“I disagree,” Marsha Thompson, the youngest board member, countered. “Our responsibility is to the library and the children of this community, not Hank Fisher. I hate to sound harsh, but children shouldn’t have to see Santa in a wheelchair or with oxygen tubes up his nose. They’ll worry that Santa might not make it to Christmas.”
Another member, Catherine Evans, also spoke out. “Marsha is exaggerating. Hank doesn’t always need oxygen and isn’t in the wheelchair all the time, but here’s the real point--Hank isn’t the tradition, Santa is the tradition. Sooner or later Hank has to retire, and maybe the time has come.”
“I agree,” the head librarian, Tammy Larson, gently interjected, her tone kind, “but before we ask Hank to step down, shouldn’t we find someone else willing to do it?”
“Lots of people could do it.” Marsha looked back to Mary Ann. “How about your son, Todd? He’s back in town, right? Let’s put a fresh face on Santa. He’d be a great Santa. Or your husband, George? He could do it.”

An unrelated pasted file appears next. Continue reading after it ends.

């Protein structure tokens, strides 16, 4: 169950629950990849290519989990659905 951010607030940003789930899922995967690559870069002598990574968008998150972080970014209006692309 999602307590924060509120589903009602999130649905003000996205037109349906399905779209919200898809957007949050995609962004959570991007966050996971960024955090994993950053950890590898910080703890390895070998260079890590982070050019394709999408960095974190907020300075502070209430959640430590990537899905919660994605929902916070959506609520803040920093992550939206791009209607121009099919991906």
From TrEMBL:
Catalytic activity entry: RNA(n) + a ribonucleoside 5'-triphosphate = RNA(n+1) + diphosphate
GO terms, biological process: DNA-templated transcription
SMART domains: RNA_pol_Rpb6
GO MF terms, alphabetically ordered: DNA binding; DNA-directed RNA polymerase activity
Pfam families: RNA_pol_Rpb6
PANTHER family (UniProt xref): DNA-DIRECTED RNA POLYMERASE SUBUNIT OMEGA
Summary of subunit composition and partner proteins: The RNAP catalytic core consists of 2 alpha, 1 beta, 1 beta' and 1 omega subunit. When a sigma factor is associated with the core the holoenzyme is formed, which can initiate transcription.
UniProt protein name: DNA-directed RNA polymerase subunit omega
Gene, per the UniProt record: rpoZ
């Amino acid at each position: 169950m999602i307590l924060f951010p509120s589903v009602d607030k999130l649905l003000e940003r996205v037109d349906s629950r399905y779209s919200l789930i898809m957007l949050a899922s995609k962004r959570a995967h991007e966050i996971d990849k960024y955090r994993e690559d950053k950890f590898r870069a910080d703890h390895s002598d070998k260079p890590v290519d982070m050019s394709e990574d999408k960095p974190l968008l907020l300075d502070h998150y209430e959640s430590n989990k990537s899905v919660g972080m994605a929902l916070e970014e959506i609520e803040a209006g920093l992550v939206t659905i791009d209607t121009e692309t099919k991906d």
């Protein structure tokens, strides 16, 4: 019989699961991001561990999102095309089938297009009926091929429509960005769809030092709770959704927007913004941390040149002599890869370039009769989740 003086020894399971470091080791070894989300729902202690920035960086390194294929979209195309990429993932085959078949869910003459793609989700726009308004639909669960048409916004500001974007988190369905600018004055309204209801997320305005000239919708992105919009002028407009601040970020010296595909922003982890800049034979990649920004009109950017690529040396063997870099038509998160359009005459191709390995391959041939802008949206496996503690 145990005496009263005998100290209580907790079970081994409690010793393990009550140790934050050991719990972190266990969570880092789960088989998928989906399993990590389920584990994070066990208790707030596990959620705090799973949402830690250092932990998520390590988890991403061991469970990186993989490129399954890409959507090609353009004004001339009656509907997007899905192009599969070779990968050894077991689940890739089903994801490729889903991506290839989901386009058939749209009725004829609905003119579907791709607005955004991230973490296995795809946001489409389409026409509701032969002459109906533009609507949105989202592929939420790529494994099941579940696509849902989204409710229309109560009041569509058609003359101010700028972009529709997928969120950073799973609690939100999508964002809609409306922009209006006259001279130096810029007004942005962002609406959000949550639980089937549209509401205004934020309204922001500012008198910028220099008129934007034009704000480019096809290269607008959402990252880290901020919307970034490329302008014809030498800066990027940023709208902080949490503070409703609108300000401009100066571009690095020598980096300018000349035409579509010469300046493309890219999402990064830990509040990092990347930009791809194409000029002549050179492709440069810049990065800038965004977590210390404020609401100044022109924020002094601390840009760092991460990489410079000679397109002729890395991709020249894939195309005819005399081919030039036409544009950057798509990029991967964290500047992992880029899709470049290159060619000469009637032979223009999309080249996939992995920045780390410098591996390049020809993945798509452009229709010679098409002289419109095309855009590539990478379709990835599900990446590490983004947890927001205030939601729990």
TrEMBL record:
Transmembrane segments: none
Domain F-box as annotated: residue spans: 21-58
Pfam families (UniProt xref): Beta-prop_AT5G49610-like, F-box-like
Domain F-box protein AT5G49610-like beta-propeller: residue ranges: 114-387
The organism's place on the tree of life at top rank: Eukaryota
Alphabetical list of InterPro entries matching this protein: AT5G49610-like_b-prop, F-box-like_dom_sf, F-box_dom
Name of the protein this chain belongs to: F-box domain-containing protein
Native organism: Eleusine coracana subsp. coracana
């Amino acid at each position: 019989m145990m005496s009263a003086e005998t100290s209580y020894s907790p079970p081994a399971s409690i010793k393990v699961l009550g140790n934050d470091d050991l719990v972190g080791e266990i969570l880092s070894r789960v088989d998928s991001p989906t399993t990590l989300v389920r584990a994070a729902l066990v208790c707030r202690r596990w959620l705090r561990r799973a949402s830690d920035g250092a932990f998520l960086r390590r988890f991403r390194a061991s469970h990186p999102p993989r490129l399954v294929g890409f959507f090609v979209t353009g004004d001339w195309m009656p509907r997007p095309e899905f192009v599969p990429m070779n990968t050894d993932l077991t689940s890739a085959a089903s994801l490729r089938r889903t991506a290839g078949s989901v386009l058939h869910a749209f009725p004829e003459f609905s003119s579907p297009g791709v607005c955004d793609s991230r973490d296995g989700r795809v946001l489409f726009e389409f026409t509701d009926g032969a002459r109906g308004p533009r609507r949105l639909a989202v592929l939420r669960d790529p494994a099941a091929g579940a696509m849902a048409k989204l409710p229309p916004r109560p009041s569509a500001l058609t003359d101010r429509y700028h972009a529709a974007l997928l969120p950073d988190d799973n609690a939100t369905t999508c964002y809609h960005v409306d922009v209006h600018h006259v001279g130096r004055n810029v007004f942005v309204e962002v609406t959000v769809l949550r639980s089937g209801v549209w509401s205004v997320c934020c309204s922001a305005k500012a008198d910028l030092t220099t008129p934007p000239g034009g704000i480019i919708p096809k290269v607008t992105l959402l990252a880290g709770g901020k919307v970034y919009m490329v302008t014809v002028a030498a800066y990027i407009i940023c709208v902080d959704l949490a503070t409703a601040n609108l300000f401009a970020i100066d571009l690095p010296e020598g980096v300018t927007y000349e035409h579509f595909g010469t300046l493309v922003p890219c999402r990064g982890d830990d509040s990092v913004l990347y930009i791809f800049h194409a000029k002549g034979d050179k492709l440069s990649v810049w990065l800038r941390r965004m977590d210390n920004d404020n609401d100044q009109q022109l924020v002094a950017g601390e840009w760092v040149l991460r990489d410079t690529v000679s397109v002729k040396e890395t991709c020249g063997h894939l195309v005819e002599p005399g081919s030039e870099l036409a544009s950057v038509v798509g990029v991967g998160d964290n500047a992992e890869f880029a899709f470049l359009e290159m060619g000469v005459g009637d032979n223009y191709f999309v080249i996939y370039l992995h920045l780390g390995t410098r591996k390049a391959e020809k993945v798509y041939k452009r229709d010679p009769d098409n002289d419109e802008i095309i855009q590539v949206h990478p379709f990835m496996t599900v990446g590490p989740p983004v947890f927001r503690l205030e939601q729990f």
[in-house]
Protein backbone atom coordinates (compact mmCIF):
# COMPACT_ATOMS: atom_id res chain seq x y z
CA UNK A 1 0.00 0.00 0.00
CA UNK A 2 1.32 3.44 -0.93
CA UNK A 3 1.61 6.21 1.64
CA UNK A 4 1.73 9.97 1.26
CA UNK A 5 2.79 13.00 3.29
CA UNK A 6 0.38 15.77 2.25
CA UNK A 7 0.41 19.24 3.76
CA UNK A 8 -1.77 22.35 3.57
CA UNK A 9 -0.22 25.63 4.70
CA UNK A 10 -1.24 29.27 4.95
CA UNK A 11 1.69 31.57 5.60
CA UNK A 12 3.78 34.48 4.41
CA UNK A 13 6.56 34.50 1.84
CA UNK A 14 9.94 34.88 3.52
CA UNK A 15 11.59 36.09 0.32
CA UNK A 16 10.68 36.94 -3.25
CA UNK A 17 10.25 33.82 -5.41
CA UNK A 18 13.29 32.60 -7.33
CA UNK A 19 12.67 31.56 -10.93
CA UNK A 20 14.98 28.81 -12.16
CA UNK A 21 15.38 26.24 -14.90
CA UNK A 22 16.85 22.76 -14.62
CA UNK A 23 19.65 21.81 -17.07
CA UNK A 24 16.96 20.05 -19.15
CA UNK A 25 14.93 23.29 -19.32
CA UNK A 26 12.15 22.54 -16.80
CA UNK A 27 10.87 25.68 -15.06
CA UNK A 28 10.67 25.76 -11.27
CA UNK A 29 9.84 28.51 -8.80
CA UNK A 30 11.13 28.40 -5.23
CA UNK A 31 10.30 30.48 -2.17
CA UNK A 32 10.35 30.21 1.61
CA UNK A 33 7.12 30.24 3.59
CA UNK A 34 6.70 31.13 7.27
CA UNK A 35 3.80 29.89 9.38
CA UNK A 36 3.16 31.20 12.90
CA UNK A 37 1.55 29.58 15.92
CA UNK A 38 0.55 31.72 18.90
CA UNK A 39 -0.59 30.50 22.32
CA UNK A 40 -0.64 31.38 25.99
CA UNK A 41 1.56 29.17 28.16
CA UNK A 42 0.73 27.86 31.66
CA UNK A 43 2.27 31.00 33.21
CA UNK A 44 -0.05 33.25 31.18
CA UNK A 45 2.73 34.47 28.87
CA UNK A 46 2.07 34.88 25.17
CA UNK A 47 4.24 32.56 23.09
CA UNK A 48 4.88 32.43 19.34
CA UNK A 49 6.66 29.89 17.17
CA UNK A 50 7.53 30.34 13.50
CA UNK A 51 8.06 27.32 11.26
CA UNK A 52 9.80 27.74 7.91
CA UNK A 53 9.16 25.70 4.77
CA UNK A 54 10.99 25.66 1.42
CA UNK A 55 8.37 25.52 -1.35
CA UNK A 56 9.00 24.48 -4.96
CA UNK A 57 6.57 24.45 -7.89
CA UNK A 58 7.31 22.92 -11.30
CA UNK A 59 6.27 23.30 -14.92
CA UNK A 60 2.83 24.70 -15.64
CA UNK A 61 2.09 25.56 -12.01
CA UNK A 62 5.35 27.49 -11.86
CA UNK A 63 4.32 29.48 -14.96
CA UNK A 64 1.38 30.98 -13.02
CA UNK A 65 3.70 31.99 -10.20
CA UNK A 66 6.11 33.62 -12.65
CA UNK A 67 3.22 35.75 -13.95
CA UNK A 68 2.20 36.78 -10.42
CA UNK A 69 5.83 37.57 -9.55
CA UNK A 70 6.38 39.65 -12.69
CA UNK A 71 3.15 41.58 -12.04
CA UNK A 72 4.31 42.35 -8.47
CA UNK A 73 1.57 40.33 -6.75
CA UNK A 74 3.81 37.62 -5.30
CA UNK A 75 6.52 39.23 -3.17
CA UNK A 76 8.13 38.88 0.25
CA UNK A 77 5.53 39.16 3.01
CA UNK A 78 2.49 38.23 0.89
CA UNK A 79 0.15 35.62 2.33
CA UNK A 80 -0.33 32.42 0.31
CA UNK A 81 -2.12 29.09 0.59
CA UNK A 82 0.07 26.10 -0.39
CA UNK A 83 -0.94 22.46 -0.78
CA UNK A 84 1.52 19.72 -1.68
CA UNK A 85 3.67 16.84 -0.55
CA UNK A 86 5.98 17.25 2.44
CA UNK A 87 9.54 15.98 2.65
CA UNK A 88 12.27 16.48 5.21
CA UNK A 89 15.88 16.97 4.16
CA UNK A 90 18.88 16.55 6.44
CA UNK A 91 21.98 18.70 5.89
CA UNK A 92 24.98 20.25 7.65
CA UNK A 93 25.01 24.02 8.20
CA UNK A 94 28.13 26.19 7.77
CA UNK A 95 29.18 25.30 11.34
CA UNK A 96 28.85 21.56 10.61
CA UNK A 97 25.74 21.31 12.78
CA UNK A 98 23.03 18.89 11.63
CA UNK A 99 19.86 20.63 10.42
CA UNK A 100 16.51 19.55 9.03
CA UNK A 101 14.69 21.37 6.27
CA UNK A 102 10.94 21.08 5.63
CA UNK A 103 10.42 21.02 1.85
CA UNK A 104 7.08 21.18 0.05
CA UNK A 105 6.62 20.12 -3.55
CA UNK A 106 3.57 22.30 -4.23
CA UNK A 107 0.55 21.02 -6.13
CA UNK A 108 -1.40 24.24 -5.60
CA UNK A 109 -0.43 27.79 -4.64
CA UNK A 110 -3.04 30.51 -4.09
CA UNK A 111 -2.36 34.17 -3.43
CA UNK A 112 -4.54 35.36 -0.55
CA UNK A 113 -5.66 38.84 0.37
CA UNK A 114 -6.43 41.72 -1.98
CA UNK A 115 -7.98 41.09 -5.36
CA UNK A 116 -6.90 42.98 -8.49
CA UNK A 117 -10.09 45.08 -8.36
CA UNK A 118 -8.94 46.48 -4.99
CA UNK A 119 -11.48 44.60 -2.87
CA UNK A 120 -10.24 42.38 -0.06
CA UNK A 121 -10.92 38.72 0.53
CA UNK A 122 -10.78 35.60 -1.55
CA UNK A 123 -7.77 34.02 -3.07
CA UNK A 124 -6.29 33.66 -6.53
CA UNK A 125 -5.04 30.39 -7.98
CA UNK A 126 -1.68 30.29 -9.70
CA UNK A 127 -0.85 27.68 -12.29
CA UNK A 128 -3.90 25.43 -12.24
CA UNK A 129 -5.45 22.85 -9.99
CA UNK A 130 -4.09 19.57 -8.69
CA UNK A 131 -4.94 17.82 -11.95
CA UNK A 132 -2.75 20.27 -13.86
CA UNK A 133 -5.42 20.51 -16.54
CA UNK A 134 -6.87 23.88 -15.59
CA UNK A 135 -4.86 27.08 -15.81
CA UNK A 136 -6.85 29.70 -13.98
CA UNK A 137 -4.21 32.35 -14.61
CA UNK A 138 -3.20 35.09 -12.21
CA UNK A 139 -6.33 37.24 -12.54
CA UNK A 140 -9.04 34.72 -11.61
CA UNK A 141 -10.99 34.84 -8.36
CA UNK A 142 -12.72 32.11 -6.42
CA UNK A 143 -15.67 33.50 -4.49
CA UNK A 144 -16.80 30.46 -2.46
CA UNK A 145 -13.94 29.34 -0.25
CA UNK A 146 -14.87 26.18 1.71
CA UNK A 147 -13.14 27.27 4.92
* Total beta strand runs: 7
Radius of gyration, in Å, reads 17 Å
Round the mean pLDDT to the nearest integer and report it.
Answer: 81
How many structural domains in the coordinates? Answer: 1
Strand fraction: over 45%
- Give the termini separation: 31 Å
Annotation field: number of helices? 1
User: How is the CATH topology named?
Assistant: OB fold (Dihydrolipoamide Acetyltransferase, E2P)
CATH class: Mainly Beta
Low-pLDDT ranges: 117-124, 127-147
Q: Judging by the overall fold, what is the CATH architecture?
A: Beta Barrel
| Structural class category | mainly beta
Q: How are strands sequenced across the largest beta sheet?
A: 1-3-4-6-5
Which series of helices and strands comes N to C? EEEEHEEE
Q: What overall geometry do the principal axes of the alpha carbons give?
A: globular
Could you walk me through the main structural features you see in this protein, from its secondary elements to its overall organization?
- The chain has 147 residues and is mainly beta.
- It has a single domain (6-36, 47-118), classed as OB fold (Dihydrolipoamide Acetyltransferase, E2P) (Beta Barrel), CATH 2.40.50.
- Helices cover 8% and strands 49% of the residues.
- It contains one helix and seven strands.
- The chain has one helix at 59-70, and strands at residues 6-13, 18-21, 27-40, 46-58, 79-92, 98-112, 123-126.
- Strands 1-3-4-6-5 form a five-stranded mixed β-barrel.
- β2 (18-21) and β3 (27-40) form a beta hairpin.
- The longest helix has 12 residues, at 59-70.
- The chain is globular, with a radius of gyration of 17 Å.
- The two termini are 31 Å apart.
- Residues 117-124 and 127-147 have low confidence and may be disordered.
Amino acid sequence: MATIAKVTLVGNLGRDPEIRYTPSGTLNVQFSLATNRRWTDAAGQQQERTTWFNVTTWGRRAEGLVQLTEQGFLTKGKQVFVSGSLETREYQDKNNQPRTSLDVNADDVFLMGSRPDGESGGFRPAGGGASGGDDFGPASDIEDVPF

“Todd’s just now moving back, and all his spare time is taken up with the new animal shelter. And as for George . . . well, he’s not all that fresh!” The board members chuckled a bit, but Mary Ann shook her head soberly. “Besides, George wouldn’t take this away from Hank.”
“I adore Hank,” said Louisa Perkins, a longtime friend of Mary Ann’s. “We all do, but he’s so fragile. If we can’t find a volunteer, maybe it would be best if we just hired someone to do it. That way we’re certain that Santa has been professionally trained and vetted. You can’t be too careful these days.”